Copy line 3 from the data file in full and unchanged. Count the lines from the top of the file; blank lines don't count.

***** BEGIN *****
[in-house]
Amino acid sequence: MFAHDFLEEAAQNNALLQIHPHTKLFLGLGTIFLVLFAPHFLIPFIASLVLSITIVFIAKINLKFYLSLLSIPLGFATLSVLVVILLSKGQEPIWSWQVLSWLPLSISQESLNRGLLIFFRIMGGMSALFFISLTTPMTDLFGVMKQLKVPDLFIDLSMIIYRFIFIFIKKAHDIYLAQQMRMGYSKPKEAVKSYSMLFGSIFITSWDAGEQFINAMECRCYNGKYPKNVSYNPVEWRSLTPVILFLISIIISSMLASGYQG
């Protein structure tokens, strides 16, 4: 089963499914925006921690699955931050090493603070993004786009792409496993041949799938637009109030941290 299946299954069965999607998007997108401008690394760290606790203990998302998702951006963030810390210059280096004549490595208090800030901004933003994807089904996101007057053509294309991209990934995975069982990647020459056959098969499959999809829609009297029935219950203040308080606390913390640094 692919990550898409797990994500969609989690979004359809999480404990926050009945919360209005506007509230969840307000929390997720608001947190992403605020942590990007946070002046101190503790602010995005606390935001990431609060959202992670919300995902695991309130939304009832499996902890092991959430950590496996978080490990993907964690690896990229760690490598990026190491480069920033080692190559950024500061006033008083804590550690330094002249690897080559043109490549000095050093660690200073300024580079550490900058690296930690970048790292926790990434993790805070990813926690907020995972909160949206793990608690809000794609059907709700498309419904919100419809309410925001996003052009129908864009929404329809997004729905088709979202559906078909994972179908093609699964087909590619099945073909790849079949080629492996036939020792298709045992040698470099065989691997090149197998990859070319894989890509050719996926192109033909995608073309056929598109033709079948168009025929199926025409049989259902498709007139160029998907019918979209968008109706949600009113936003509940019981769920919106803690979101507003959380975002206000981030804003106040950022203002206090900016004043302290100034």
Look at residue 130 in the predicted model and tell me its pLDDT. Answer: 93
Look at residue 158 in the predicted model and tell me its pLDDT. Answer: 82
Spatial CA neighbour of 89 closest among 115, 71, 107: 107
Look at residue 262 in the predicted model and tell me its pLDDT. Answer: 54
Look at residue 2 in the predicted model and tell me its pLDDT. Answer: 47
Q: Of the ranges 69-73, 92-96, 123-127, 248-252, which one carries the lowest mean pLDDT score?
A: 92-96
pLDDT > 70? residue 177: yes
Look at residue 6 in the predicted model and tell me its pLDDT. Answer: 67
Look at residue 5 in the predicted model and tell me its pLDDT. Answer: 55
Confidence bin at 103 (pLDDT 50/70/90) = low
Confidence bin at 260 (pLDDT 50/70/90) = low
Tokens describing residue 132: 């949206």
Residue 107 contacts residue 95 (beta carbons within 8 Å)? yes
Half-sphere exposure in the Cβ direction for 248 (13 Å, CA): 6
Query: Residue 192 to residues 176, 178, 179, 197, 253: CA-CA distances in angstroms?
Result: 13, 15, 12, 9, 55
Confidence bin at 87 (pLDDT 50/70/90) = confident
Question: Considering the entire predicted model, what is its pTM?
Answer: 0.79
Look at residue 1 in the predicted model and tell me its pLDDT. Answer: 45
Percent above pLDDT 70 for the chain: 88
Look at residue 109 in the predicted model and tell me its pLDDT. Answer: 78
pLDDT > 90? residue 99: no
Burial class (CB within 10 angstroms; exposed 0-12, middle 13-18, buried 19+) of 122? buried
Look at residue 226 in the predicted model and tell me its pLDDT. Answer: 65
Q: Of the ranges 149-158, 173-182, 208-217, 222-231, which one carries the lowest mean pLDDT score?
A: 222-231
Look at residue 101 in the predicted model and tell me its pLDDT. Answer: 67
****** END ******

């Protein structure tokens, strides 16, 4: 089963499914925006921690699955931050090493603070993004786009792409496993041949799938637009109030941290 299946299954069965999607998007997108401008690394760290606790203990998302998702951006963030810390210059280096004549490595208090800030901004933003994807089904996101007057053509294309991209990934995975069982990647020459056959098969499959999809829609009297029935219950203040308080606390913390640094 692919990550898409797990994500969609989690979004359809999480404990926050009945919360209005506007509230969840307000929390997720608001947190992403605020942590990007946070002046101190503790602010995005606390935001990431609060959202992670919300995902695991309130939304009832499996902890092991959430950590496996978080490990993907964690690896990229760690490598990026190491480069920033080692190559950024500061006033008083804590550690330094002249690897080559043109490549000095050093660690200073300024580079550490900058690296930690970048790292926790990434993790805070990813926690907020995972909160949206793990608690809000794609059907709700498309419904919100419809309410925001996003052009129908864009929404329809997004729905088709979202559906078909994972179908093609699964087909590619099945073909790849079949080629492996036939020792298709045992040698470099065989691997090149197998990859070319894989890509050719996926192109033909995608073309056929598109033709079948168009025929199926025409049989259902498709007139160029998907019918979209968008109706949600009113936003509940019981769920919106803690979101507003959380975002206000981030804003106040950022203002206090900016004043302290100034």